My recent blog post on logo presentation generated a lot of interest and discussion and one of my readers asked me if I present multiple times for multiple logo concepts.
Well, I don’t because I present only a single logo concept and I have been doing so for about a year.
What is the One Concept Approach?
In this approach, a designer presents you with a single logo concept.
The typical standard is to present at least 3 different logo concepts which means a client has a chance to choose from 3 different design directions.
Before I embraced the one concept approach early last year, I used to typically present 2-3 concepts.
I don’t particularly recall where I came across this idea of presenting a single logo concept but when I did it instantly clicked.
It still took a lot of revamping of processes, learning and understanding the implementation of approach before I could confidently use this approach.
But once I did embrace the one concept approach, it has become one of the key parts of my design process.
In fact, my most successful design projects were born out of this approach.
Why Presenting Multiple Concepts was not Ideal?
In theory having options seems like a good idea.
But in my experience, choices only serve to heighten the problem.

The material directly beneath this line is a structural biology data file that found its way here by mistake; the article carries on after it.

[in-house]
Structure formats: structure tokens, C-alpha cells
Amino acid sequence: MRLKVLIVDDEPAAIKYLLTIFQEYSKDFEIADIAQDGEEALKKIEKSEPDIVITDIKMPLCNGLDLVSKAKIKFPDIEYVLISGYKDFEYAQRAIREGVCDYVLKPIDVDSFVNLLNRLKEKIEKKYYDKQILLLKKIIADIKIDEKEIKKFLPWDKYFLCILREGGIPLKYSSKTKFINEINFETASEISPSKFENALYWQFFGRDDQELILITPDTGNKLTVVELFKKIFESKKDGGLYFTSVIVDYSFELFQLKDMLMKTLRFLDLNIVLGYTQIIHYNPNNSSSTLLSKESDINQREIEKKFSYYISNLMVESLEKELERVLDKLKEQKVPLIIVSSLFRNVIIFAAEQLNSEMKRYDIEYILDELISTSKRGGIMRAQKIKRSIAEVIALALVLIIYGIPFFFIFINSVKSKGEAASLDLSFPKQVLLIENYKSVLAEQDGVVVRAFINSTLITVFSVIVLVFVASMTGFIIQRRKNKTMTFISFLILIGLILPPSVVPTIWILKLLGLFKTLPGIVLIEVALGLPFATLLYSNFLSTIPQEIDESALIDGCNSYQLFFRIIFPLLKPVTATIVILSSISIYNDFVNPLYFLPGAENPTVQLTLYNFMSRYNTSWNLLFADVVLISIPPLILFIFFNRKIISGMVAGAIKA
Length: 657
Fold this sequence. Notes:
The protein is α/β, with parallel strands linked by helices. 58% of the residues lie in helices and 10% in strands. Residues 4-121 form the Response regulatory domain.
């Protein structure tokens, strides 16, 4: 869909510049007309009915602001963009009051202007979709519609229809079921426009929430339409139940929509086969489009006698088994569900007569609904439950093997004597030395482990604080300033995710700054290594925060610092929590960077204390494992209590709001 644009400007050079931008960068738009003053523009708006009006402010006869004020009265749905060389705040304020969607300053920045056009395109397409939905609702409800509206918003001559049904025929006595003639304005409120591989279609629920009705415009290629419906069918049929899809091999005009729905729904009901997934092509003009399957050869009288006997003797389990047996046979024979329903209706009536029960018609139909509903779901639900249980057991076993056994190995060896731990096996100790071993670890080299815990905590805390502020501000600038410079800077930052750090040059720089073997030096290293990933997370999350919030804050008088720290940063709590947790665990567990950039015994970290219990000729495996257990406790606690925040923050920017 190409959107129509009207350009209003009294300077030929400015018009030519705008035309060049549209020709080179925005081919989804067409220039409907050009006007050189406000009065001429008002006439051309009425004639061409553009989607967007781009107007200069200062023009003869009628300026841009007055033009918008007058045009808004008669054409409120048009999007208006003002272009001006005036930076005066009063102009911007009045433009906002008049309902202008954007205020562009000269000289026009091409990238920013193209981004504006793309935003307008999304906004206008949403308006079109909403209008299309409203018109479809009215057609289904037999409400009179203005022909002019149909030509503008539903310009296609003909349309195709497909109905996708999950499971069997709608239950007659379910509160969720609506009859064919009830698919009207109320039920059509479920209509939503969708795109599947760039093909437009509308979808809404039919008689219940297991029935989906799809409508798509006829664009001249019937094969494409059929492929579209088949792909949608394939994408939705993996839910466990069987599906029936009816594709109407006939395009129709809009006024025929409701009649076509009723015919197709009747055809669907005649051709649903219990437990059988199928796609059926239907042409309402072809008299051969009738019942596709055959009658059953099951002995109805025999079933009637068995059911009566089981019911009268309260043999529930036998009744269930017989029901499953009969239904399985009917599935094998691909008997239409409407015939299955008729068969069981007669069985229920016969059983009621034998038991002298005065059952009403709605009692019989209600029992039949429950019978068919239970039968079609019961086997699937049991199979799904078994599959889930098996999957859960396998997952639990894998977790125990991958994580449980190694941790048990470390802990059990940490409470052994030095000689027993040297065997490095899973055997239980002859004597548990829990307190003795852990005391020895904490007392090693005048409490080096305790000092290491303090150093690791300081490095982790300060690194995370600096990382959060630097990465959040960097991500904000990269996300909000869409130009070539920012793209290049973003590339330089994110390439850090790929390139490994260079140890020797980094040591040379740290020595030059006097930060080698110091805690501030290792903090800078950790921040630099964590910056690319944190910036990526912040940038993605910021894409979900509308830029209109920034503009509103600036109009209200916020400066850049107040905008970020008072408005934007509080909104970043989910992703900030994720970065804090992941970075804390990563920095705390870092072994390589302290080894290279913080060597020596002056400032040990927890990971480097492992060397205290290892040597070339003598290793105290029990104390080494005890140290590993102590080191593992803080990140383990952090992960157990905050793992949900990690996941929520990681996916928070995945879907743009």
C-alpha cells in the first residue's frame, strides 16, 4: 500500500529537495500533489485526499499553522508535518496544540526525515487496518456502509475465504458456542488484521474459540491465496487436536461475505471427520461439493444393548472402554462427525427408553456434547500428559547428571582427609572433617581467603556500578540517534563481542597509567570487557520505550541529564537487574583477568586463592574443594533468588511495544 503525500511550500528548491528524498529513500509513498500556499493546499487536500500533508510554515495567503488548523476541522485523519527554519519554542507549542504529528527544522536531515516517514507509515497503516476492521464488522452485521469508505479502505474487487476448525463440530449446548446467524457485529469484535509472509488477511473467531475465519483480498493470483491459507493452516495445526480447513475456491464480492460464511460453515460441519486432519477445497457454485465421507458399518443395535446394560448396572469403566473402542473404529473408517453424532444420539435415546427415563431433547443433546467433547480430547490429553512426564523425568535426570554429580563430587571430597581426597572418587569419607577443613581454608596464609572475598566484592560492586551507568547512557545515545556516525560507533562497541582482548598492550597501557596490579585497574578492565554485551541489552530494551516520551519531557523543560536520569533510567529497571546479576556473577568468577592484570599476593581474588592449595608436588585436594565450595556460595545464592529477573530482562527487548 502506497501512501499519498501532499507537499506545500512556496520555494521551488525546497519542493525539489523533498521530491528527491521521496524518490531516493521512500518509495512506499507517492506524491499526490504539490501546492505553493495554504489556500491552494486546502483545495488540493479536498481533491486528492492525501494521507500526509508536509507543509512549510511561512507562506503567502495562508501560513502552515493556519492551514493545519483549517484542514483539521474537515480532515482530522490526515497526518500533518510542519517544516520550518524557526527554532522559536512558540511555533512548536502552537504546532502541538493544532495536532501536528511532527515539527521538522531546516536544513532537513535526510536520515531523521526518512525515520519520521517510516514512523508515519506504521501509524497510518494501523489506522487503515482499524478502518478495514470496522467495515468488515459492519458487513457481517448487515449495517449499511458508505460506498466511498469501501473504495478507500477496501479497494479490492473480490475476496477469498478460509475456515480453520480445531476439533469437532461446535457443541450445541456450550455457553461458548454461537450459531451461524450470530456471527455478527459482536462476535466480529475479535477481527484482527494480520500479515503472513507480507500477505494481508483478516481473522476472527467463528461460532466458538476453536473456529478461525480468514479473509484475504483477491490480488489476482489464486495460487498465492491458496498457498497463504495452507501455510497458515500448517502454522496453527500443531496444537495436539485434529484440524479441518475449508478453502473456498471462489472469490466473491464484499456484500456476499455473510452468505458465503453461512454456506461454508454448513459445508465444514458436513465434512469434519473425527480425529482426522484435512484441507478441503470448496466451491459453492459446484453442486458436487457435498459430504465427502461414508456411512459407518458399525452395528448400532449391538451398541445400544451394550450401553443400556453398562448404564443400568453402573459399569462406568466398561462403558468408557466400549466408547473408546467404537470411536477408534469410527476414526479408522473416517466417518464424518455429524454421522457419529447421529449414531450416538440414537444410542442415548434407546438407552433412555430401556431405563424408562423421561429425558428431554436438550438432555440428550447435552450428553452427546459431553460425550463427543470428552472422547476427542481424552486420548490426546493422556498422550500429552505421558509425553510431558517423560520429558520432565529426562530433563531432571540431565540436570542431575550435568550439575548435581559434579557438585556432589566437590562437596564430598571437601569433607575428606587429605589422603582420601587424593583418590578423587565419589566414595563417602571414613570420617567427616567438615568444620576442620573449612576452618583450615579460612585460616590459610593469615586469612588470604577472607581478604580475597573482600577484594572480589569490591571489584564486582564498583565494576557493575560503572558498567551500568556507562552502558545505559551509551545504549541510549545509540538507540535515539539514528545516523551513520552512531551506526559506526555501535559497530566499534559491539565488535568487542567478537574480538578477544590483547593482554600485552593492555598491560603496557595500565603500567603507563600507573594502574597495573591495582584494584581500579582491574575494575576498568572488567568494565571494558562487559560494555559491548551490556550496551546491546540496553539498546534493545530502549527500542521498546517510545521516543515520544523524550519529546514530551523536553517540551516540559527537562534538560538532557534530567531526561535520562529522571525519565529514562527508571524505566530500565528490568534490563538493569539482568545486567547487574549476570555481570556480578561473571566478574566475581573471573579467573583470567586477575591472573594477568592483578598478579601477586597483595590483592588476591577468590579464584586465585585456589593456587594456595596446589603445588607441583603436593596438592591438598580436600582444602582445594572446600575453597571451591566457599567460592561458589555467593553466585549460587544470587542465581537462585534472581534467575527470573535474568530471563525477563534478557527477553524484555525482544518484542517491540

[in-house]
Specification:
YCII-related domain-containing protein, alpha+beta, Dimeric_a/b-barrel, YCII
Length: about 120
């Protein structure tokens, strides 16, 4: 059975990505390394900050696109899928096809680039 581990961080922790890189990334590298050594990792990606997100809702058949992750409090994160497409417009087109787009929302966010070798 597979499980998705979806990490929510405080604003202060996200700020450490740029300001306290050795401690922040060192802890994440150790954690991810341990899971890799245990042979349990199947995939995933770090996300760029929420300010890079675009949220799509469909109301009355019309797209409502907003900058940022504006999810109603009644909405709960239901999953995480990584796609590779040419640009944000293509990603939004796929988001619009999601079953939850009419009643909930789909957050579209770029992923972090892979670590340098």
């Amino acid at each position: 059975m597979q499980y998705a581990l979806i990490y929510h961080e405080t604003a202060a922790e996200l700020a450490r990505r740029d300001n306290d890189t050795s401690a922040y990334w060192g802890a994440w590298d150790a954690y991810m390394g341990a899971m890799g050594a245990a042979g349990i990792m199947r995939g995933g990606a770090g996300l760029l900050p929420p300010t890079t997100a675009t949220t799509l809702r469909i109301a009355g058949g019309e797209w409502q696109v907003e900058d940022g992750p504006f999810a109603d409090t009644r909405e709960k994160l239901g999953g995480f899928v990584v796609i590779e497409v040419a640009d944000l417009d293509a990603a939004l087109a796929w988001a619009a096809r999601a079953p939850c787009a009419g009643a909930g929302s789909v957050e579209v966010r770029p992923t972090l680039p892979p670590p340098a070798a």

Especially when you don’t know what you should be looking for.
Typically this is how it would go.
I would create hundreds of sketches exploring multiple different concepts.
This was followed by rounds of refinement improving on the most promising ideas and eliminating the concepts that didn’t work until I was left with the top 3 ideas.
Top 3, so two of them are not equally as good as the first one but I have to work with them anyway because the client is expecting 3 different concepts.
My time, attention and energy would get divided into fixing the two not so good ideas when it was better utilised taking that one strong concept and really going all in on it.
The result was one concept which had the potential to be strong and other concepts which were weak, safe or boring even.
The result of a Choice
So a client hires a designer to create a solution for them.
When they hire someone they are trusting their expertise to deliver on the project.
You don’t want someone to work on their job half way through and then leave the rest upto you.
But choosing the best design from multiple concepts is like you paying me to do my work for me.
Although I would love it if the client picks up the strong solution but what if they pick the other one?
Its like leaving the fate of the brand identity and the future of their business to chance.
Choice based on Preference
It would often be the case that a client would make a decision based on their personal preference rather than based on whats best for their brand.
They felt drawn towards whatever colors or typefaces that they liked.
Because the decisions were driven purely based off of like and dislike they would always find themselves in conflict.
Its the natural fear of missing out.
Imaging giving feedback on 3 or more different designs when giving feedback on one design alone is an uncomfortable experience!
You hire someone to make your job easier and not to make it more difficult and stressful than what it already is.